Saudi Arabia’s $530 million stock exchange will become one of the last in the world open for foreign investment next year. But the largest economy in the Middle East, with attractive blue-chip offerings and strong growth, is doing so carefully, with major limitations on foreigners.
“The market will be open to eligible foreign financial institutions to invest in listed shares during the first half of 2015, with God’s permission,” the Capital Market Authority said in a statement on Tuesday.
Currently, the Saudi market is the second-largest in the world that’s closed to foreigners, topped only by China, and it's excluded from major global indexes like the MSCI.
Though foreign investors aren’t technically allowed to invest directly, they’ve been able to buy Saudi stock through swaps with international banks and exchange-traded funds, which is cumbersome.
“We already invest in Saudi Arabia in our frontier fund, though we have to do it through things like participatory notes, so if they open the market up it will simplify the process,” said Allan Conway, head of emerging market equities at Schroder Investment Management Ltd., to the Wall Street Journal.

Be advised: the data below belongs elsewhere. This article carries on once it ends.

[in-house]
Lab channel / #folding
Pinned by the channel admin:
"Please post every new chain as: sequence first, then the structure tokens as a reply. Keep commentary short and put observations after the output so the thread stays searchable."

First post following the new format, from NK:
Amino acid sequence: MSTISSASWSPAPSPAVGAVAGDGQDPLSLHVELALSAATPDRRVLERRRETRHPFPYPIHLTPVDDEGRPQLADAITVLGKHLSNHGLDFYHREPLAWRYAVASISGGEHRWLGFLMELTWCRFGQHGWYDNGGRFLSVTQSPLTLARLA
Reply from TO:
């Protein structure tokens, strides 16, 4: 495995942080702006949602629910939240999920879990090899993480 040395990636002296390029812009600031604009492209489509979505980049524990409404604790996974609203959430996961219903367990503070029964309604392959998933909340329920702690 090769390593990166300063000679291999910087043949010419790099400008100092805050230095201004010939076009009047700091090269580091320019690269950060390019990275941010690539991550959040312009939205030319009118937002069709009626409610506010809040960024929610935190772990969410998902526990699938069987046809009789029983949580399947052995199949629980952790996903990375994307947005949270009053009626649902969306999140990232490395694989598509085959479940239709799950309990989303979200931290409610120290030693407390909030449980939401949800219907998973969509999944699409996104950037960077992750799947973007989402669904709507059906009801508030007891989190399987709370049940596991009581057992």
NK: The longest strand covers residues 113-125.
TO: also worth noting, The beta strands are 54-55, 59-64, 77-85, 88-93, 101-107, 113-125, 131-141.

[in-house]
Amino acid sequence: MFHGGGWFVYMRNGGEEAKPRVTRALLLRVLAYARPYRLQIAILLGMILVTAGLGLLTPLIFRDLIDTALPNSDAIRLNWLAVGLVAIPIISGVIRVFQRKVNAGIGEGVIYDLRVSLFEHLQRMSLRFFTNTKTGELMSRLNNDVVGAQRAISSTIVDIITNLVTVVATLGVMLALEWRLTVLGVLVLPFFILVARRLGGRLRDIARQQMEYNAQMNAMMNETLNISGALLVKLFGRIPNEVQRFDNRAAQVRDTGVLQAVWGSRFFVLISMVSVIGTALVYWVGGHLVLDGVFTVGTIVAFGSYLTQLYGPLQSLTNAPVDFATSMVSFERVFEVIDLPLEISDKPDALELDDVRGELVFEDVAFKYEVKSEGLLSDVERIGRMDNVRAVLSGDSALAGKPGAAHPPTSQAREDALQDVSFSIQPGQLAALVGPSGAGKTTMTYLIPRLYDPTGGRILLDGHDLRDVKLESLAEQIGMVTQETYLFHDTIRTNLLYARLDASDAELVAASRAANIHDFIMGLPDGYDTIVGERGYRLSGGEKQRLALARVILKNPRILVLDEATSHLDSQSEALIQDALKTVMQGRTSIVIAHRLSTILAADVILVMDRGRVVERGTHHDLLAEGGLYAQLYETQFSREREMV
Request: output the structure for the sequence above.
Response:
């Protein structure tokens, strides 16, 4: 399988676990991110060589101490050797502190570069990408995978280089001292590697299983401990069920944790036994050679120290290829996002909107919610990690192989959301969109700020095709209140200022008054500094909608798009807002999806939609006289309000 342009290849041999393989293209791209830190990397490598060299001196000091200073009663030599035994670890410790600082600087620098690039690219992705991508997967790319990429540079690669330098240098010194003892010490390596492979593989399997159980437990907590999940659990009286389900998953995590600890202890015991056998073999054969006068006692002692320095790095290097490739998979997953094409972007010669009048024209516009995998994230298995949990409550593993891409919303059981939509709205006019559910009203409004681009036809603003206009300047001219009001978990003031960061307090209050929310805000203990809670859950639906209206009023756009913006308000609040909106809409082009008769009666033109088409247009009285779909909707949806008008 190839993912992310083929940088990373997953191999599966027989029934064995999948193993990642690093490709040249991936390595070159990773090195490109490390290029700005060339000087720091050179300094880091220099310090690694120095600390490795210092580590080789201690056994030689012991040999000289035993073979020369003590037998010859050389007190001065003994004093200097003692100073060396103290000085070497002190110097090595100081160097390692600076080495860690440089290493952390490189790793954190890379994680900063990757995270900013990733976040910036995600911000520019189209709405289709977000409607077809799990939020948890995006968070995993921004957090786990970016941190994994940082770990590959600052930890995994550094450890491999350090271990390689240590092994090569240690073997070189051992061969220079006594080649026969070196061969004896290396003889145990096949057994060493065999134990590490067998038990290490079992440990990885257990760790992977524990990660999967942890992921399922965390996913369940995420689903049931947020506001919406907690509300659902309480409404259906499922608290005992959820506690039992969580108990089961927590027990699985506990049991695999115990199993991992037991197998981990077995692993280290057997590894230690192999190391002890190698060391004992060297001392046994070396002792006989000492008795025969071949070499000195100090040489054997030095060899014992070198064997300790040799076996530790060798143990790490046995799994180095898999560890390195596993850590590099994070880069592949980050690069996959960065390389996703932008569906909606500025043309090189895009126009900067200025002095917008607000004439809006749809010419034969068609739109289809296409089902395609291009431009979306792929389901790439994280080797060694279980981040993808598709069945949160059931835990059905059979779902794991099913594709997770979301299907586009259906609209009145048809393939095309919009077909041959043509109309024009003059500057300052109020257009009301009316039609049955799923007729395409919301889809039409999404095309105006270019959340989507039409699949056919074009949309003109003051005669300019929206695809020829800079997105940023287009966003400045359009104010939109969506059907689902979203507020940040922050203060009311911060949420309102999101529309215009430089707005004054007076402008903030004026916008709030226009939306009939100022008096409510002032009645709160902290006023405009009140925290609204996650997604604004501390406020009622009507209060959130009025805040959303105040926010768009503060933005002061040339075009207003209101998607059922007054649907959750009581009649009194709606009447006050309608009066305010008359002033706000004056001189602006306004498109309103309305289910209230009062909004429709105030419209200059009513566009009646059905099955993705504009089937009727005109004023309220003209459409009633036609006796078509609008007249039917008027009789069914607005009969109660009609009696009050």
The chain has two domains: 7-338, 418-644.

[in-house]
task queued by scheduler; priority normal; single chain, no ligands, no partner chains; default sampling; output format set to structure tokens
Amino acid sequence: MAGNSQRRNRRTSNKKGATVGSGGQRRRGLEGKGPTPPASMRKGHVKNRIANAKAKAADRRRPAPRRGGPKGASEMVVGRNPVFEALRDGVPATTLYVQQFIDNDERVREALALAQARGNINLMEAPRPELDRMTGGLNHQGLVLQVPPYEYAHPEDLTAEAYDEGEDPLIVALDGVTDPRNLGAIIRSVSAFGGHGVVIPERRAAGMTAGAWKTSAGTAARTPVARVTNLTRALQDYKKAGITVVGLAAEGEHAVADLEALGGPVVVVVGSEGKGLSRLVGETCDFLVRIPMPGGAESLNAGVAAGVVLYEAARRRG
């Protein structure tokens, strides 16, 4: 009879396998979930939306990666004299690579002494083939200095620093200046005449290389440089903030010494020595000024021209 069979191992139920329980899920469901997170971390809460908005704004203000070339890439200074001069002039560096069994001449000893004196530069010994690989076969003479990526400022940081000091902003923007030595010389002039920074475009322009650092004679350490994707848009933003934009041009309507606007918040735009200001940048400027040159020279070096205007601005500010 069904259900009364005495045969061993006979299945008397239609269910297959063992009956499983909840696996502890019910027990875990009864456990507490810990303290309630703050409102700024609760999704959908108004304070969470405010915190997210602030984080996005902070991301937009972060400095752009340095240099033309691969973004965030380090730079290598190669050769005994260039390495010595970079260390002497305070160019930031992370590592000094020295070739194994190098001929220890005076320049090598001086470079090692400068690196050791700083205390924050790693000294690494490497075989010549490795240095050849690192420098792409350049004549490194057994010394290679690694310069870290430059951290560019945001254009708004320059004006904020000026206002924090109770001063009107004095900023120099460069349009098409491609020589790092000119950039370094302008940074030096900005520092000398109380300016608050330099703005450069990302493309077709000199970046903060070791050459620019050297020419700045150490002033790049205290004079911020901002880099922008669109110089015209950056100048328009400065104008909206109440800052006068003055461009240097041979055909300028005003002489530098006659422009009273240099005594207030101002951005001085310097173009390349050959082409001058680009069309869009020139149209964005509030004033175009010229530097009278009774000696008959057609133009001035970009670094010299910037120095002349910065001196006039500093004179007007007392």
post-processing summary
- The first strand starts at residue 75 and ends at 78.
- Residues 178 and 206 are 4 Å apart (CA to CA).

However, the new open market will have restrictions on foreign stockholders. For one thing, no institution can own more than 5 percent of a Saudi firm, and all foreigners combined can’t own more than a fifth.
Under the new rules, foreign investors will also need a license and have quotas for their new Saudi market investments. A senior Saudi banker told Reuters that he only expected the market to award 10 licenses at first, with more following later and that one set of proposals requires firms should have at least $5 billion in assets.
A strong economy is boosting the oil giant’s reputation among investors. On Monday the International Monetary Fund raised its forecasts for Saudi growth to 4.6 percent this year.
Blue-chip firms such as Saudi Basic Industries Corp., one of the largest petrochemical firms in the world, and National Commercial Bank, which is planning a $4 billion or $5 billion public offering later this year, are another major draw.
“The markets tend to be larger, more liquid and more diverse than many frontier markets,” said Asha Mehta, lead portfolio manager of frontier markets strategy at Boston-based Acadian Asset Management.
Her firm has a significant position in the Saudi stock market through participatory notes, which she expects to grow.
Mehta said foreign buyers sometimes get the wrong idea about Middle Eastern markets.
“Investors may think these markets are less diverse than they actually are, assuming that it is all an energy story. In reality the oil and gas companies are state-owned and the commodities opportunities in the Middle East are quite diverse.”